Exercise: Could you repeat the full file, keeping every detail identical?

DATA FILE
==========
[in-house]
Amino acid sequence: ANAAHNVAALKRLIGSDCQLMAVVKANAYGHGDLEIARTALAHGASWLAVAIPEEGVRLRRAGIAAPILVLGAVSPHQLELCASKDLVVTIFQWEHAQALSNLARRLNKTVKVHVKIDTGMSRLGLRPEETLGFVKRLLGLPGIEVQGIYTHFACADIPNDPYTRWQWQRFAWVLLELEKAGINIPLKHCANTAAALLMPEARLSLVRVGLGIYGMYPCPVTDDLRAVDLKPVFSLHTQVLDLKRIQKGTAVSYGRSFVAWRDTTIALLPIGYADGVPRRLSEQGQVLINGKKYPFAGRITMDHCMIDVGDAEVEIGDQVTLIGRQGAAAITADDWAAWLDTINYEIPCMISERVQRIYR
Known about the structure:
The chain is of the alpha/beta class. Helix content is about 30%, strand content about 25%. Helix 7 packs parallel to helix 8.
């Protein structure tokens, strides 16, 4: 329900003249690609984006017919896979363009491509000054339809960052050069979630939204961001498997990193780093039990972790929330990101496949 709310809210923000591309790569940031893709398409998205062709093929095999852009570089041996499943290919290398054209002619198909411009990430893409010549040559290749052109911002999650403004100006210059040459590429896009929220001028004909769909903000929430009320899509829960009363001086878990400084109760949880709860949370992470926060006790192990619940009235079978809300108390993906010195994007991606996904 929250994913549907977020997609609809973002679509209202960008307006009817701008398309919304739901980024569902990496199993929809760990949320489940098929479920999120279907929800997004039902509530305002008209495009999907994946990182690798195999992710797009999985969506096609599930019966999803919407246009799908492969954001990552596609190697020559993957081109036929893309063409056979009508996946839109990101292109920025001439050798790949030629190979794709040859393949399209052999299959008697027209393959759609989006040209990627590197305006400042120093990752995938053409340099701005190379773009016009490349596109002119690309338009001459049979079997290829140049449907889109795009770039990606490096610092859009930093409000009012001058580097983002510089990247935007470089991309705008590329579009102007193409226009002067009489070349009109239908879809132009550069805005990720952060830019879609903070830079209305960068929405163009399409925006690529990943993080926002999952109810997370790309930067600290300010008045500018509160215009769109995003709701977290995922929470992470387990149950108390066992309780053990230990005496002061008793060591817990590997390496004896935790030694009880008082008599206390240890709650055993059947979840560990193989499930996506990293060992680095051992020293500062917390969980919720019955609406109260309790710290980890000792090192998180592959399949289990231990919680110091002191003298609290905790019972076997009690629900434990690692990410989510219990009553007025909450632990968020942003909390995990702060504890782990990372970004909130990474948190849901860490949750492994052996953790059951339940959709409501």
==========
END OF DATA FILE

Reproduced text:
[in-house]
Amino acid sequence: ANAAHNVAALKRLIGSDCQLMAVVKANAYGHGDLEIARTALAHGASWLAVAIPEEGVRLRRAGIAAPILVLGAVSPHQLELCASKDLVVTIFQWEHAQALSNLARRLNKTVKVHVKIDTGMSRLGLRPEETLGFVKRLLGLPGIEVQGIYTHFACADIPNDPYTRWQWQRFAWVLLELEKAGINIPLKHCANTAAALLMPEARLSLVRVGLGIYGMYPCPVTDDLRAVDLKPVFSLHTQVLDLKRIQKGTAVSYGRSFVAWRDTTIALLPIGYADGVPRRLSEQGQVLINGKKYPFAGRITMDHCMIDVGDAEVEIGDQVTLIGRQGAAAITADDWAAWLDTINYEIPCMISERVQRIYR
Known about the structure:
The chain is of the alpha/beta class. Helix content is about 30%, strand content about 25%. Helix 7 packs parallel to helix 8.
């Protein structure tokens, strides 16, 4: 329900003249690609984006017919896979363009491509000054339809960052050069979630939204961001498997990193780093039990972790929330990101496949 709310809210923000591309790569940031893709398409998205062709093929095999852009570089041996499943290919290398054209002619198909411009990430893409010549040559290749052109911002999650403004100006210059040459590429896009929220001028004909769909903000929430009320899509829960009363001086878990400084109760949880709860949370992470926060006790192990619940009235079978809300108390993906010195994007991606996904 929250994913549907977020997609609809973002679509209202960008307006009817701008398309919304739901980024569902990496199993929809760990949320489940098929479920999120279907929800997004039902509530305002008209495009999907994946990182690798195999992710797009999985969506096609599930019966999803919407246009799908492969954001990552596609190697020559993957081109036929893309063409056979009508996946839109990101292109920025001439050798790949030629190979794709040859393949399209052999299959008697027209393959759609989006040209990627590197305006400042120093990752995938053409340099701005190379773009016009490349596109002119690309338009001459049979079997290829140049449907889109795009770039990606490096610092859009930093409000009012001058580097983002510089990247935007470089991309705008590329579009102007193409226009002067009489070349009109239908879809132009550069805005990720952060830019879609903070830079209305960068929405163009399409925006690529990943993080926002999952109810997370790309930067600290300010008045500018509160215009769109995003709701977290995922929470992470387990149950108390066992309780053990230990005496002061008793060591817990590997390496004896935790030694009880008082008599206390240890709650055993059947979840560990193989499930996506990293060992680095051992020293500062917390969980919720019955609406109260309790710290980890000792090192998180592959399949289990231990919680110091002191003298609290905790019972076997009690629900434990690692990410989510219990009553007025909450632990968020942003909390995990702060504890782990990372970004909130990474948190849901860490949750492994052996953790059951339940959709409501």